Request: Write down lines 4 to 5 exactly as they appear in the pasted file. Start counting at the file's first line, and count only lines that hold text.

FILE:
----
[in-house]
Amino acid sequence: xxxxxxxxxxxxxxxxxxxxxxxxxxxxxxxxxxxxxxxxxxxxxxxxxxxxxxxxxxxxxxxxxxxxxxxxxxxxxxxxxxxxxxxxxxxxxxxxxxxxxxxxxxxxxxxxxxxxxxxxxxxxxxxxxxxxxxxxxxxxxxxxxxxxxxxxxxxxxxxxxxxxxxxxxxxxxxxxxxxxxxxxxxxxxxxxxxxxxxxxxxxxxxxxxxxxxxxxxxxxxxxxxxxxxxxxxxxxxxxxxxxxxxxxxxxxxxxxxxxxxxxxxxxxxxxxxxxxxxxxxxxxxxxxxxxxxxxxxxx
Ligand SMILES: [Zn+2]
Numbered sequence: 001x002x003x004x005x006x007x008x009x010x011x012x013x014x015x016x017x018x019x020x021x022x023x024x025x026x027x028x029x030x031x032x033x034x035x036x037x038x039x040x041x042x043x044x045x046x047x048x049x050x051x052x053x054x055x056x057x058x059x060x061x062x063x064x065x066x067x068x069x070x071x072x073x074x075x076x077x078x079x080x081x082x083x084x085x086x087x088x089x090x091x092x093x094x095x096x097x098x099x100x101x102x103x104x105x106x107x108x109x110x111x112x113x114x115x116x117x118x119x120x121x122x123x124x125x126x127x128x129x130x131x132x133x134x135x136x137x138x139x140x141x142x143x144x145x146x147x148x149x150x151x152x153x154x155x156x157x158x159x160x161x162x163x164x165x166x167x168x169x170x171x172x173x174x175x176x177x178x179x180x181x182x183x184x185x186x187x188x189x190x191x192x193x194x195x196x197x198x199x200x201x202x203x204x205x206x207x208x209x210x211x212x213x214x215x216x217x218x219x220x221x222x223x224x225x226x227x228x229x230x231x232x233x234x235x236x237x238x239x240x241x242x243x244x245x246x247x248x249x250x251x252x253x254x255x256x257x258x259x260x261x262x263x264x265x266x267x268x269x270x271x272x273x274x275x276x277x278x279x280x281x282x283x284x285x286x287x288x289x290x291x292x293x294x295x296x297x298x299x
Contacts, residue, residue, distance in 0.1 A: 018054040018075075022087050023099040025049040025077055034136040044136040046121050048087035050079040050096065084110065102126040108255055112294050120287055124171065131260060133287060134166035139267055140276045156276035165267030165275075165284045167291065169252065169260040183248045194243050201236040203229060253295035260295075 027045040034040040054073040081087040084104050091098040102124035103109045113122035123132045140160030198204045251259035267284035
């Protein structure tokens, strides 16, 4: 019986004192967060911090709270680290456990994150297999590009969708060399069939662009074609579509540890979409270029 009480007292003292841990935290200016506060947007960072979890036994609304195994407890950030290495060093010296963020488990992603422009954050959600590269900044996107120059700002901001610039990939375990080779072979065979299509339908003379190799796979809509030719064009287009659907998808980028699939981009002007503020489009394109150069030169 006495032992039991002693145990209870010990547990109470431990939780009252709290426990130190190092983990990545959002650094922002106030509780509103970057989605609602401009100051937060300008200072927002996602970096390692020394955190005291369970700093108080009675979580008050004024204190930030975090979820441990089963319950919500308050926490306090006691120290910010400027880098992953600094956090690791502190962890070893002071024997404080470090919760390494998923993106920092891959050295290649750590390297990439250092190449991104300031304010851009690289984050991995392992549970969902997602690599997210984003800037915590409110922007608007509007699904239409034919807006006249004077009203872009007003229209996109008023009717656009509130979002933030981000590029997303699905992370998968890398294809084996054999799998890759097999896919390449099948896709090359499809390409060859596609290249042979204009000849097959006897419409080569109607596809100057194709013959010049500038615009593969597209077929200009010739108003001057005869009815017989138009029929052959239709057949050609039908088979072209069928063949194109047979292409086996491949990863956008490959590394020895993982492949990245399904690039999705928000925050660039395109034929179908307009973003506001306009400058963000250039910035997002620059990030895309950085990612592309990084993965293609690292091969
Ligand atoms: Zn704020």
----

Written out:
Numbered sequence: 001x002x003x004x005x006x007x008x009x010x011x012x013x014x015x016x017x018x019x020x021x022x023x024x025x026x027x028x029x030x031x032x033x034x035x036x037x038x039x040x041x042x043x044x045x046x047x048x049x050x051x052x053x054x055x056x057x058x059x060x061x062x063x064x065x066x067x068x069x070x071x072x073x074x075x076x077x078x079x080x081x082x083x084x085x086x087x088x089x090x091x092x093x094x095x096x097x098x099x100x101x102x103x104x105x106x107x108x109x110x111x112x113x114x115x116x117x118x119x120x121x122x123x124x125x126x127x128x129x130x131x132x133x134x135x136x137x138x139x140x141x142x143x144x145x146x147x148x149x150x151x152x153x154x155x156x157x158x159x160x161x162x163x164x165x166x167x168x169x170x171x172x173x174x175x176x177x178x179x180x181x182x183x184x185x186x187x188x189x190x191x192x193x194x195x196x197x198x199x200x201x202x203x204x205x206x207x208x209x210x211x212x213x214x215x216x217x218x219x220x221x222x223x224x225x226x227x228x229x230x231x232x233x234x235x236x237x238x239x240x241x242x243x244x245x246x247x248x249x250x251x252x253x254x255x256x257x258x259x260x261x262x263x264x265x266x267x268x269x270x271x272x273x274x275x276x277x278x279x280x281x282x283x284x285x286x287x288x289x290x291x292x293x294x295x296x297x298x299x
Contacts, residue, residue, distance in 0.1 A: 018054040018075075022087050023099040025049040025077055034136040044136040046121050048087035050079040050096065084110065102126040108255055112294050120287055124171065131260060133287060134166035139267055140276045156276035165267030165275075165284045167291065169252065169260040183248045194243050201236040203229060253295035260295075 027045040034040040054073040081087040084104050091098040102124035103109045113122035123132045140160030198204045251259035267284035